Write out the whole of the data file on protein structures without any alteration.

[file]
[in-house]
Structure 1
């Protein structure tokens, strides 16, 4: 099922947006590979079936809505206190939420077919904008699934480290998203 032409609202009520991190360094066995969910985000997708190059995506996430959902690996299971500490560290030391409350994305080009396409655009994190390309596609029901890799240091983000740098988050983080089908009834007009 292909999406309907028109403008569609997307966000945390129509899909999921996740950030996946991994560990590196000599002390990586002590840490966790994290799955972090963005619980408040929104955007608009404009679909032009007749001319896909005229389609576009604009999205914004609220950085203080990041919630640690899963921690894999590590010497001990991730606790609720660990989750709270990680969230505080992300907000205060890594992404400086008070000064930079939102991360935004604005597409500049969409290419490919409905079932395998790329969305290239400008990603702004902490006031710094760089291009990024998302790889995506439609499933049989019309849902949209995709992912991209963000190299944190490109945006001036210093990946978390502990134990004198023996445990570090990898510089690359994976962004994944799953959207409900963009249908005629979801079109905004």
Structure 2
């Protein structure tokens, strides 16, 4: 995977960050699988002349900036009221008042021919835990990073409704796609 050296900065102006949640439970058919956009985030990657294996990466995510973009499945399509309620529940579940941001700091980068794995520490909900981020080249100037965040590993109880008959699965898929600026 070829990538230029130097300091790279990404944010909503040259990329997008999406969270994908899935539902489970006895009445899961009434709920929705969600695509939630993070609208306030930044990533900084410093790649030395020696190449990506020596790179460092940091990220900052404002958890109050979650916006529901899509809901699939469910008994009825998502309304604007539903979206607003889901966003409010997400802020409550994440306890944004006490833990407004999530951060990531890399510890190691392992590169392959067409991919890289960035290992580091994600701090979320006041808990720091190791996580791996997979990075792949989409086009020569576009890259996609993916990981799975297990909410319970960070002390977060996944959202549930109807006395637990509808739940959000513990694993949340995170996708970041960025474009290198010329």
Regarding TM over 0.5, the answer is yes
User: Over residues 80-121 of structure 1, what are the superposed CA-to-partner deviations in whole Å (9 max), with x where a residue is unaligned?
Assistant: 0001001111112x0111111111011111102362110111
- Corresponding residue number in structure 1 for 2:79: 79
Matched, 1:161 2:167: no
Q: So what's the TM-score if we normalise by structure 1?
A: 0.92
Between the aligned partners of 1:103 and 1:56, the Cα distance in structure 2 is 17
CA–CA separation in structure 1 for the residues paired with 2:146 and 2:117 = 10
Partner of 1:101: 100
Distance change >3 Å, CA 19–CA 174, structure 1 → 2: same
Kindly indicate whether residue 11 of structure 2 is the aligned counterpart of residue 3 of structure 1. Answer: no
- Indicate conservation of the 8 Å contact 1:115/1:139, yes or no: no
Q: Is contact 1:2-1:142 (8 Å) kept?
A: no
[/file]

[in-house]
Structure 1
């Protein structure tokens, strides 16, 4: 099922947006590979079936809505206190939420077919904008699934480290998203 032409609202009520991190360094066995969910985000997708190059995506996430959902690996299971500490560290030391409350994305080009396409655009994190390309596609029901890799240091983000740098988050983080089908009834007009 292909999406309907028109403008569609997307966000945390129509899909999921996740950030996946991994560990590196000599002390990586002590840490966790994290799955972090963005619980408040929104955007608009404009679909032009007749001319896909005229389609576009604009999205914004609220950085203080990041919630640690899963921690894999590590010497001990991730606790609720660990989750709270990680969230505080992300907000205060890594992404400086008070000064930079939102991360935004604005597409500049969409290419490919409905079932395998790329969305290239400008990603702004902490006031710094760089291009990024998302790889995506439609499933049989019309849902949209995709992912991209963000190299944190490109945006001036210093990946978390502990134990004198023996445990570090990898510089690359994976962004994944799953959207409900963009249908005629979801079109905004």
Structure 2
């Protein structure tokens, strides 16, 4: 995977960050699988002349900036009221008042021919835990990073409704796609 050296900065102006949640439970058919956009985030990657294996990466995510973009499945399509309620529940579940941001700091980068794995520490909900981020080249100037965040590993109880008959699965898929600026 070829990538230029130097300091790279990404944010909503040259990329997008999406969270994908899935539902489970006895009445899961009434709920929705969600695509939630993070609208306030930044990533900084410093790649030395020696190449990506020596790179460092940091990220900052404002958890109050979650916006529901899509809901699939469910008994009825998502309304604007539903979206607003889901966003409010997400802020409550994440306890944004006490833990407004999530951060990531890399510890190691392992590169392959067409991919890289960035290992580091994600701090979320006041808990720091190791996580791996997979990075792949989409086009020569576009890259996609993916990981799975297990909410319970960070002390977060996944959202549930109807006395637990509808739940959000513990694993949340995170996708970041960025474009290198010329």
Regarding TM over 0.5, the answer is yes
User: Over residues 80-121 of structure 1, what are the superposed CA-to-partner deviations in whole Å (9 max), with x where a residue is unaligned?
Assistant: 0001001111112x0111111111011111102362110111
- Corresponding residue number in structure 1 for 2:79: 79
Matched, 1:161 2:167: no
Q: So what's the TM-score if we normalise by structure 1?
A: 0.92
Between the aligned partners of 1:103 and 1:56, the Cα distance in structure 2 is 17
CA–CA separation in structure 1 for the residues paired with 2:146 and 2:117 = 10
Partner of 1:101: 100
Distance change >3 Å, CA 19–CA 174, structure 1 → 2: same
Kindly indicate whether residue 11 of structure 2 is the aligned counterpart of residue 3 of structure 1. Answer: no
- Indicate conservation of the 8 Å contact 1:115/1:139, yes or no: no
Q: Is contact 1:2-1:142 (8 Å) kept?
A: no